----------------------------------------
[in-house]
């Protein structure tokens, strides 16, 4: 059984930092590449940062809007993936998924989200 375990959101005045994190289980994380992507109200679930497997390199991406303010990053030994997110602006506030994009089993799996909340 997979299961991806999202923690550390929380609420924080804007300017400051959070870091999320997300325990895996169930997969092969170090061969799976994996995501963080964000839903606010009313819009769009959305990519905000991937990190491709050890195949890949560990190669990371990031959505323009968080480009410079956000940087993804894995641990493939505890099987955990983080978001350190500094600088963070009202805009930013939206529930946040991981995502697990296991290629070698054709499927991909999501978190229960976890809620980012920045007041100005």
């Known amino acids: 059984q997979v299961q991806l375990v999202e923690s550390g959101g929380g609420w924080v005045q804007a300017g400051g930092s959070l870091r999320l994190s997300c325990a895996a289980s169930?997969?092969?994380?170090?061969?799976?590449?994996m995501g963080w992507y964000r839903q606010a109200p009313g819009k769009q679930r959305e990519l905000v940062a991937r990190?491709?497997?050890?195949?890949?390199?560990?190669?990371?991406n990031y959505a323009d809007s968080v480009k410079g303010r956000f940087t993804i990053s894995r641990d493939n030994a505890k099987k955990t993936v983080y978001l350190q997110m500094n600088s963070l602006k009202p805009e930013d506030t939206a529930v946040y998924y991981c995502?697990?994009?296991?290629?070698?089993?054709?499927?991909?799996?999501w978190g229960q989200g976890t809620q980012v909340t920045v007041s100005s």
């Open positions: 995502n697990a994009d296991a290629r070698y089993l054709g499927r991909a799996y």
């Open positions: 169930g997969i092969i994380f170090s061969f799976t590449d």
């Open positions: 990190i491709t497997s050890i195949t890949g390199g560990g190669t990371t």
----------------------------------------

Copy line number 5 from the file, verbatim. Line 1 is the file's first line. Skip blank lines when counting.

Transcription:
């Open positions: 169930g997969i092969i994380f170090s061969f799976t590449d």